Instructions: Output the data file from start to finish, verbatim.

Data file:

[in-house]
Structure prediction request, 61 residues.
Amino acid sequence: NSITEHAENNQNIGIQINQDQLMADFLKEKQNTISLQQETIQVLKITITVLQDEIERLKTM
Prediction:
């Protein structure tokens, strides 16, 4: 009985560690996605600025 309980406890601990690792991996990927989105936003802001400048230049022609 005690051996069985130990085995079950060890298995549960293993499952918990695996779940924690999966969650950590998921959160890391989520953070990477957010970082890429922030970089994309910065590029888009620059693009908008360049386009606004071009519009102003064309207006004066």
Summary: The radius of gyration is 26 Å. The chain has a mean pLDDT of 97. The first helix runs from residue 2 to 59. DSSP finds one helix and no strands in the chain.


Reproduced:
[in-house]
Structure prediction request, 61 residues.
Amino acid sequence: NSITEHAENNQNIGIQINQDQLMADFLKEKQNTISLQQETIQVLKITITVLQDEIERLKTM
Prediction:
């Protein structure tokens, strides 16, 4: 009985560690996605600025 309980406890601990690792991996990927989105936003802001400048230049022609 005690051996069985130990085995079950060890298995549960293993499952918990695996779940924690999966969650950590998921959160890391989520953070990477957010970082890429922030970089994309910065590029888009620059693009908008360049386009606004071009519009102003064309207006004066």
Summary: The radius of gyration is 26 Å. The chain has a mean pLDDT of 97. The first helix runs from residue 2 to 59. DSSP finds one helix and no strands in the chain.